that specifically evaluate vulnerability of infants and children. Testing must
be performed during the developmental period in appropriate animal models, and
the adverse effects that may become evident must be monitored over a lifetime.
Of particular importance are tests for neurotoxicity and toxicity to the
developing immune and reproductive systems. Extrapolation of toxicity data from
adult and adolescent laboratory animals to young humans may be inaccurate.
Careful attention to interspecies differences in pharmacokinetics and metabolism
of pesticides and the relative ages at which organ systems mature is essential.
It is also important to enhance understanding of developmental toxicity,
especially in humans, during critical periods of postnatal development including
infancy and puberty.
For toxic effects other than cancer or heritable mutation, uncertainty factors
are widely used to establish guidelines for human exposure on the basis of
animal testing results. This is often done by dividing the no-observed-effect
level (NOEL) found in animal tests by an uncertainty factor of 100 fold. This
factor compromises two separate factors of 10 fold each: one allows for
uncertainty in extrapolating data from animals to humans; the other accommodates
variation within the human population. Although the committee believes that the
latter uncertainty factor generally provides adequate protection for infants and
children, this population subgroup may be uniquely susceptible to chemical
exposure at particularly sensitive stages of development.
At present, to provide added protection during early development, a third
uncertainty factor of 10 is applied to the NOEL to develop the RfD. This third
10 fold factor has been applied by the EPA and FDA whenever toxicity studies and
metabolic/disposition studies have shown fetal developmental effects.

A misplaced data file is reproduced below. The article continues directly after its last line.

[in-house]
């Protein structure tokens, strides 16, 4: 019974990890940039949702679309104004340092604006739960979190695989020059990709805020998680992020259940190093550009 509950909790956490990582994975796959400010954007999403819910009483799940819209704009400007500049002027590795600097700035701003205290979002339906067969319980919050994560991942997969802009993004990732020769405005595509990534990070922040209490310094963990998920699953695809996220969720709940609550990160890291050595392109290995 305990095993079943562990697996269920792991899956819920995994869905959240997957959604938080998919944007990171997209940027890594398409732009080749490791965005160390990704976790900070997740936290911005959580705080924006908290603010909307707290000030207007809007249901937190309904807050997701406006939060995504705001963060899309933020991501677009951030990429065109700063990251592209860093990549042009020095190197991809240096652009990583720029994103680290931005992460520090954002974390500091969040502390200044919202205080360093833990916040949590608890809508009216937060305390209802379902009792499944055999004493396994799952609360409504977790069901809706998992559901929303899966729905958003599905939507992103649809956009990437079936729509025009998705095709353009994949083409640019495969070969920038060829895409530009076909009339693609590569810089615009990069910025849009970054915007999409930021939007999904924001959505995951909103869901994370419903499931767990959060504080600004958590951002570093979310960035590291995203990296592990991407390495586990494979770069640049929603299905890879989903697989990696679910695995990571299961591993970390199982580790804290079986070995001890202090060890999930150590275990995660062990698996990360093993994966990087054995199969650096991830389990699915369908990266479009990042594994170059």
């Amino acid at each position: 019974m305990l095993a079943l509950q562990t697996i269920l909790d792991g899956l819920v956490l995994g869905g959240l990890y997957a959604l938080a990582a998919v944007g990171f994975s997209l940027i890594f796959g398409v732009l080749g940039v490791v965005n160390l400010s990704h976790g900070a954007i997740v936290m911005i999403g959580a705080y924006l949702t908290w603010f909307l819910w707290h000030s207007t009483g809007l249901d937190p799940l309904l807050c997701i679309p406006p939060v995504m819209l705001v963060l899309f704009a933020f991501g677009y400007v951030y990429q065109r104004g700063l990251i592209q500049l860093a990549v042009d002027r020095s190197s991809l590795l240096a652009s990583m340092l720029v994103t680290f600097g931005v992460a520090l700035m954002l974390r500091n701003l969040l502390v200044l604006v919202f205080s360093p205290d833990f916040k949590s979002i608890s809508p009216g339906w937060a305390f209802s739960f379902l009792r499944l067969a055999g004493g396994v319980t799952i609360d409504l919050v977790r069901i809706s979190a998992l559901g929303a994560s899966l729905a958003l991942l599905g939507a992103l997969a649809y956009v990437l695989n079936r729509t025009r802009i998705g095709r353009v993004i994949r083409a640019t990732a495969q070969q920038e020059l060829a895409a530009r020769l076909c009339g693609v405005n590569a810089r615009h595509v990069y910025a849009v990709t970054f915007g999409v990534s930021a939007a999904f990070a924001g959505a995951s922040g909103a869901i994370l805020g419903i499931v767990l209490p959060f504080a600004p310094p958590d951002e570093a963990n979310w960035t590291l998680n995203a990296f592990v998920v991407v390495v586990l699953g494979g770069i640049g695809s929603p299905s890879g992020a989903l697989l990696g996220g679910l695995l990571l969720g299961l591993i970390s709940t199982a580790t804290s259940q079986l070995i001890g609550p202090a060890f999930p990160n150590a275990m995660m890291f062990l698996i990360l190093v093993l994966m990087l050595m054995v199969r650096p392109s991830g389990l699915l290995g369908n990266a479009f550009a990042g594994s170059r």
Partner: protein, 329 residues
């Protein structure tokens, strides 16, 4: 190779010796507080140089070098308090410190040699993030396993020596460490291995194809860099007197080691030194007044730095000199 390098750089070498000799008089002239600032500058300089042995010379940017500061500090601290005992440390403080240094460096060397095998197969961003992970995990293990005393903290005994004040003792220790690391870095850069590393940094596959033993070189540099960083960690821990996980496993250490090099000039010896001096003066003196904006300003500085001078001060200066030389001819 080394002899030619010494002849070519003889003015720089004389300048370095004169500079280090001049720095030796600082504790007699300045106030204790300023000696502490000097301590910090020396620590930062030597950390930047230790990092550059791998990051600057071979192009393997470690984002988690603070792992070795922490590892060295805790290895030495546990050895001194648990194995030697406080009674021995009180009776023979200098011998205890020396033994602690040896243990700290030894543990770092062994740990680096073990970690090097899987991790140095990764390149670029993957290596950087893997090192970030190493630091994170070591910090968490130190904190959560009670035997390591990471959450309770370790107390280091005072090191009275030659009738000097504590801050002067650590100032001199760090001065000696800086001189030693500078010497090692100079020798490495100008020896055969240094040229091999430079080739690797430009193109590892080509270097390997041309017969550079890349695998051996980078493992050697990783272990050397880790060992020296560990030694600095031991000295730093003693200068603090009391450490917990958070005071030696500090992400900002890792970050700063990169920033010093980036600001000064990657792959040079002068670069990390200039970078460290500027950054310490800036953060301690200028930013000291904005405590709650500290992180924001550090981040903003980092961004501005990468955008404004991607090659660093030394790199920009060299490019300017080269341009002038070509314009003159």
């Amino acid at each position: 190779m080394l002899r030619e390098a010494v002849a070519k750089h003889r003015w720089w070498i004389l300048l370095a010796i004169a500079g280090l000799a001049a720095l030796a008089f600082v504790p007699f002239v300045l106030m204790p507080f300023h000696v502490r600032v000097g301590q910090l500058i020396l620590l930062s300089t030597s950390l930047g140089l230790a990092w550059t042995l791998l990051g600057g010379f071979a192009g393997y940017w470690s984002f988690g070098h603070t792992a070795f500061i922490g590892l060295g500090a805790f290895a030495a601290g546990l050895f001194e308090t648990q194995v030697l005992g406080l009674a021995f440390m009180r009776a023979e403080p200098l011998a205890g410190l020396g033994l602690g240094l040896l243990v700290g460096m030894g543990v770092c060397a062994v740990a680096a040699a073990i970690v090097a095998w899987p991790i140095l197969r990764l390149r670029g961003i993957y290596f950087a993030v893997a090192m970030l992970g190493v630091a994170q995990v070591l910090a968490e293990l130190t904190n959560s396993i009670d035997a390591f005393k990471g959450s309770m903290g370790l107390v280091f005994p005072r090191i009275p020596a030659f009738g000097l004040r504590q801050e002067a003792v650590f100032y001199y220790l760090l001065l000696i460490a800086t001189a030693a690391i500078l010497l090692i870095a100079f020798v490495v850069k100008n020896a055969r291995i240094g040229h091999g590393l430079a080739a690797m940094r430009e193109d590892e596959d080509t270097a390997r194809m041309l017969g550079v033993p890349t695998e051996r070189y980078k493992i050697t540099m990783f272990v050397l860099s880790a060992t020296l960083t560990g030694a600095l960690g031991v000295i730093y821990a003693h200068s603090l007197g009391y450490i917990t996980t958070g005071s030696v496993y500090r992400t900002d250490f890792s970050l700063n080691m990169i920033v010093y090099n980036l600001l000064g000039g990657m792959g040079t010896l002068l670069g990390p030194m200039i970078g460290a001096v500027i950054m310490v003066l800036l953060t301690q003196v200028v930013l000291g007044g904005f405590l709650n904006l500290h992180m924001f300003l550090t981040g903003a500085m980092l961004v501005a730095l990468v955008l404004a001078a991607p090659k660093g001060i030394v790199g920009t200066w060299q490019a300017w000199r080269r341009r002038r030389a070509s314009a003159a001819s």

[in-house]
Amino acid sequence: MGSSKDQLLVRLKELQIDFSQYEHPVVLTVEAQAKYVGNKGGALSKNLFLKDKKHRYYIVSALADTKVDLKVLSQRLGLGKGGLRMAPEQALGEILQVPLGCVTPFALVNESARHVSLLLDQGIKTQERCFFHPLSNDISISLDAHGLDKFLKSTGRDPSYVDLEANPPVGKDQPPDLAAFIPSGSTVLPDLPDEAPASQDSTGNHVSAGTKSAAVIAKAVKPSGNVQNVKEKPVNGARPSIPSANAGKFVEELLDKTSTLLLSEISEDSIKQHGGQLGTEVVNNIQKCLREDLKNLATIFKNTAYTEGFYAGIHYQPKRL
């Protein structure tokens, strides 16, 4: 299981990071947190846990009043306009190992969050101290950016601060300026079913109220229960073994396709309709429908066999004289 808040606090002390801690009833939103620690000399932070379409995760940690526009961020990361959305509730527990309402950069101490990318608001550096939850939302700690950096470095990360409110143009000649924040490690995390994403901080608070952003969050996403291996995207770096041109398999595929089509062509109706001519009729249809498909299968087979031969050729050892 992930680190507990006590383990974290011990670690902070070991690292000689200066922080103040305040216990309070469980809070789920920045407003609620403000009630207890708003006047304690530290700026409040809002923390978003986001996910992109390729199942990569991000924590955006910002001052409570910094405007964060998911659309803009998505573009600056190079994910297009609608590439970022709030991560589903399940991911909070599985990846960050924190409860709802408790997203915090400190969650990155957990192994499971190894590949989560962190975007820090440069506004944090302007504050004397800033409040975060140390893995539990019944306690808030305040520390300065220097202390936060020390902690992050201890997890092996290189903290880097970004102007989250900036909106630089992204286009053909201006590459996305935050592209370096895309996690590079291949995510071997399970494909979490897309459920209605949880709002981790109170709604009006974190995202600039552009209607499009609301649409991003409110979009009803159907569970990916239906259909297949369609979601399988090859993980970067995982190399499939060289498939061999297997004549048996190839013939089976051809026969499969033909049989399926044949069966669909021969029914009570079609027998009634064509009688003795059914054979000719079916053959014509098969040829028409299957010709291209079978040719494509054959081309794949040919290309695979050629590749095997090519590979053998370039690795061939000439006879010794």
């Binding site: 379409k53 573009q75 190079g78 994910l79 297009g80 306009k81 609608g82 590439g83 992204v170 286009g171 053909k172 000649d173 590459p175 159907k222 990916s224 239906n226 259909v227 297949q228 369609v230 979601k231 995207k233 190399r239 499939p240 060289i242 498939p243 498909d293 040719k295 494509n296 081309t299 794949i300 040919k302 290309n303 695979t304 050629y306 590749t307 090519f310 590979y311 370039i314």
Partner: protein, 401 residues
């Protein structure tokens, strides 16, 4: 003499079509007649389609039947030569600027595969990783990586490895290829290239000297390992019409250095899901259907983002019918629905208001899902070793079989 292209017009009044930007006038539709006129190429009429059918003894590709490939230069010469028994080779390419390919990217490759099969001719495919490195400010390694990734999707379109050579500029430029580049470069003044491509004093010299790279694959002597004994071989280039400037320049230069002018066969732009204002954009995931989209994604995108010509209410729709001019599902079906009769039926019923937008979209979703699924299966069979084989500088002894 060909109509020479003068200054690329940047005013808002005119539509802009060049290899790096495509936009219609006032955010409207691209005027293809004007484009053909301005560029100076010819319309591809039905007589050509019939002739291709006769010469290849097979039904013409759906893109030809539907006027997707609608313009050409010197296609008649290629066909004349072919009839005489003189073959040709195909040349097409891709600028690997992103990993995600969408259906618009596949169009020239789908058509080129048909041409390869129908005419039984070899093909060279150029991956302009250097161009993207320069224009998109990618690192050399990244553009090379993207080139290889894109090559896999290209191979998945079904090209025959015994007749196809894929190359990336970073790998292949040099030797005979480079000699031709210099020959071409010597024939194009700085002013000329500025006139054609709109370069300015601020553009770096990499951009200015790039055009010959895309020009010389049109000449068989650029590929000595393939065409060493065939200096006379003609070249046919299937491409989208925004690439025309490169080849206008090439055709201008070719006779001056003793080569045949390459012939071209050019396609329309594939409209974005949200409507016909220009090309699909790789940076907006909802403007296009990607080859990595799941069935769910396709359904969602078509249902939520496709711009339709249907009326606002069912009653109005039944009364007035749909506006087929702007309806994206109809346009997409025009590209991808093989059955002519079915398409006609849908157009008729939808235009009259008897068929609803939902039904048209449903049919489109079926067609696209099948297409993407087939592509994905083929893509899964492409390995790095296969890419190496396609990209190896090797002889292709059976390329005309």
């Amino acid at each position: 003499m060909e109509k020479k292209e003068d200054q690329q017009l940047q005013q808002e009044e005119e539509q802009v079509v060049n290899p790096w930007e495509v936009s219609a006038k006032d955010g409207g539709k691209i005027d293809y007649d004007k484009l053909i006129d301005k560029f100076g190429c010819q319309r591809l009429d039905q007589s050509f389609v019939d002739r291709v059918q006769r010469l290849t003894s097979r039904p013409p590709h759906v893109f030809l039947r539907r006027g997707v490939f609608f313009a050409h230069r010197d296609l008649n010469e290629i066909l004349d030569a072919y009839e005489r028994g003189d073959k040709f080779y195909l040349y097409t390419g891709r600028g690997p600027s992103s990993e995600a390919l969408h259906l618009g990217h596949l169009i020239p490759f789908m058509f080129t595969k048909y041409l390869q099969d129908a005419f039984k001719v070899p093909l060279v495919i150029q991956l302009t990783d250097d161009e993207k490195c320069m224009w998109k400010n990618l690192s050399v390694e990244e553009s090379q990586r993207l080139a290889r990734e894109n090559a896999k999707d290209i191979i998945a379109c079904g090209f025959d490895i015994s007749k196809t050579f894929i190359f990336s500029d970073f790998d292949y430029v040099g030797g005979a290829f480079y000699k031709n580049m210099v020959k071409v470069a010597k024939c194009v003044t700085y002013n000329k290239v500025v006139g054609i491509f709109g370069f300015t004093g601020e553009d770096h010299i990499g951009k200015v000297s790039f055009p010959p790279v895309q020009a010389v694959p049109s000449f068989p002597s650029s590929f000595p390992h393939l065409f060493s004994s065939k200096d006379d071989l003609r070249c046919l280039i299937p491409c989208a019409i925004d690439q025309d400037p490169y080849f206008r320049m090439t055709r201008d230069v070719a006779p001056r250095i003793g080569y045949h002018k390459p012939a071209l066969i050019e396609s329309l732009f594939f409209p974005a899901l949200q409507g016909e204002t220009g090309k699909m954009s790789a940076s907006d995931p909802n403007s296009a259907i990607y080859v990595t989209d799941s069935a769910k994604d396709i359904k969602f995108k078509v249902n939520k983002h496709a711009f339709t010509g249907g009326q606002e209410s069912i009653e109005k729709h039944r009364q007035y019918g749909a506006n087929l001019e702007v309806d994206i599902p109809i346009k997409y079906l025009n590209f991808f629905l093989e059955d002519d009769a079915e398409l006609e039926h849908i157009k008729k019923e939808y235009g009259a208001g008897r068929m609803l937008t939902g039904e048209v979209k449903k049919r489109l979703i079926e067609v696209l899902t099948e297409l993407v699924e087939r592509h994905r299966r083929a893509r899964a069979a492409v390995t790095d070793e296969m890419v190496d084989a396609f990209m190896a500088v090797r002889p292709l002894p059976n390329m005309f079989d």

Because there exists specific periods of vulnerability during postnatal
development, the committee recommends that an uncertainty factor up to the 10
fold factor traditionally used by EPA and FDA for fetal developmental toxicity
should also be considered when there is evidence of postnatal developmental
toxicity and when data from toxicity testing relative to children are
incomplete. The committee wishes to emphasize that this is not a new, additional
uncertainty factor, but rather, an extended application of a uncertainty factor
now routinely used by the agencies for a narrower purpose.
In the absence of data to the contrary, there should be a presumption of greater
toxicity to infants and children. To validate this presumption the sensitivity
of mature and immature individuals should be studied systematically to expand
the current limited data base on relative sensitivity.
Food Consumption Data.
The committee recommends that additional data on the food consumption patterns
of inFants and children be collected within narrow age groups. The available
data indicate that infants and children consume much more of certain foods on a
body weight basis than do adults. Because higher exposures can lead to higher
risks, it is important to have accurate data on food consumption patterns for
infants and children. At present, data are derived from relatively small samples
and broad age groupings, making it difficult to draw conclusions about the food
consumption patterns of infants and children. Because the composition of a
child's diet changes dramatically from birth through childhood and adolescence
to maturity, "market basket" food consumption surveys should include adequate